Hinduism forms the most defining aspects of Indian culture. The Khmer empire's official religions included Hinduism. The Srivijayans dominated what is present-day Cambodia until the founder of the Khmer Empire dynasty, severed the Srivijayan link.
Greater India was the historical extent of the culture of India beyond the Indian subcontinent. This particularly concerns the spread of Hinduism and Buddhism, by the travellers of the 5th to 15th centuries, but may also refer to the spread of Hinduism and Buddhism from India to Central Asia and China by the Silk Road during the early centuries of the Common Era. To the west, Greater India overlaps with Greater Persia in the Hindu Kush and Pamir mountains. The term is tied to the geographic uncertainties surrounding the "Indies" during the Age of Exploration.
Khmer (//; ភាសាខ្មែរ, IPA: [pʰiːəsaː kʰmaːe]; or more formally, ខេមរភាសា, IPA: [kʰeɛmaʔraʔ pʰiːəsaː]), or Cambodian, is the language of the Khmer people and the official language of Cambodia. It is the second most widely spoken Austroasiatic language (after Vietnamese), with speakers in the tens of millions. Khmer has been considerably influenced by Sanskrit and Pali, especially in the royal and religious registers, through the vehicles of Hinduism and Buddhism. It is also the earliest recorded and earliest written language of the Mon–Khmer family, predating Mon and by a significant margin Vietnamese. The Khmer language has influenced, and also been influenced by, Thai, Lao, Vietnamese, Chinese and Cham, all of which, due to geographical proximity and long-term cultural contact, form a sprachbund in peninsular Southeast Asia.
Khmer is primarily an analytic, isolating language. There are no inflections, conjugations or case endings. Instead, particles and auxiliary words are used to indicate grammatical relationships. General word order is subject–verb–object. Many words conform to the typical Mon-Khmer pattern, having a "main" syllable preceded by a minor syllable.
Khmer people (// or //; Khmer: ខ្មែរ) are the predominant ethnic group in Cambodia, accounting for approximately 90% of the 15.2 million people in the country. They speak the Khmer language, which is part of the larger Mon–Khmer language family found throughout Southeast Asia. The majority of the Khmer are followers of the Khmer style of Buddhism, a highly syncretic version which blends elements of Theravada Buddhism, Hinduism, animism and ancestor-spirit worship. Significant populations of Khmers reside in adjacent areas of Thailand (Northern Khmer) and the Mekong Delta region of neighboring Vietnam (Khmer Krom).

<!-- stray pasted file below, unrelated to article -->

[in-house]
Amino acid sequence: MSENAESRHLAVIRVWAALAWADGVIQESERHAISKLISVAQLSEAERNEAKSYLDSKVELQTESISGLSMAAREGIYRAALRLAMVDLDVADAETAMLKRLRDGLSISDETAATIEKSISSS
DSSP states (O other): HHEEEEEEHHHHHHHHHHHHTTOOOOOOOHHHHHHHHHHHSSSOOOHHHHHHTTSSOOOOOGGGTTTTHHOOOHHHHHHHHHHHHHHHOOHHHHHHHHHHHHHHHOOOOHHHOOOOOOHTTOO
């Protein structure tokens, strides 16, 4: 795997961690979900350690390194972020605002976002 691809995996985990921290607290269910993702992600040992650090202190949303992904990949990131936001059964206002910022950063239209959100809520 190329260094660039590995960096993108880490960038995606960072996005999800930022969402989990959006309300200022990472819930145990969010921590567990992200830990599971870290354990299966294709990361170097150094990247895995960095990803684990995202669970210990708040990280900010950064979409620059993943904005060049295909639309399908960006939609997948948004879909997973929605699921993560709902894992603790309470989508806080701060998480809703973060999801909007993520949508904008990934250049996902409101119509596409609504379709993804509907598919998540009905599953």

Migrations into the mainland regions of Southeast Asia from the north continued well into historic times.]citation needed[ Most scholars believe they came at least 3,000 years ago, much earlier than Tai people who now inhabit many parts of what was originally Austroasiatic territory. The reason they migrated into Southeast Asia is generally debated, but scholars believe that Mon–Khmer were pushed down by invading Sino-Tibetans from the north as evident by Austroasiatic vocabulary in Chinese or because of agricultural purposes as evident by their migration routes along major rivers. The Khmer are relatives to the Mon who settled further to the west.
The Khmer Empire, now known as Cambodia, was the most powerful empire in Southeast Asia. The empire, which grew out of the former kingdom of Chenla, at times ruled over and/or vassalized parts of modern-day Laos, Thailand, and southern Vietnam. During the formation of the empire, the Khmer had close cultural, political and trade relations with Java, and later with the Srivijaya empire that lay beyond Khmer's southern border. Its greatest legacy is Angkor, in present-day Cambodia, which was the site of the capital city during the empire's zenith. Angkor bears testimony to the Khmer empire's immense power and wealth, as well as the variety of belief systems that it patronised over time. The empire's official religions included Hinduism and Mahayana Buddhism, until Theravada Buddhism prevailed, even among the lower classes, after its introduction from Sri Lanka in the 13th century. Recently satellite imaging has revealed Angkor to be the largest pre-industrial urban center in the world.
The history of Angkor as the central area of settlement of the historical kingdom of Kambujadesa is also the history of the Khmer from the 9th to the 13th centuries. Arab writers of the 9th and 10th century hardly mention Europe for anything other than its backwardness but they consider the king of Al-Hind (India and Southeast Asia) as one of the 4 great kings in the world. The ruler of the Rashtrakuta Dynasty is described as the greatest king of Al-Hind but moreover even the lesser kings of Al-Hind including the kings of Java, Pagan Burma and the Khmer kings of Cambodia are invariably depicted by the Arabs as extremely powerful and as being equipped with vast armies of men, horses and often tens of thousands of elephants. They are also known to be in the possession of vast treasures of gold and silver.
Hinduism in Southeast Asia
Egyptian hieroglyphs 32 c. BCE
Kana (from Chinese) 8 c. CE
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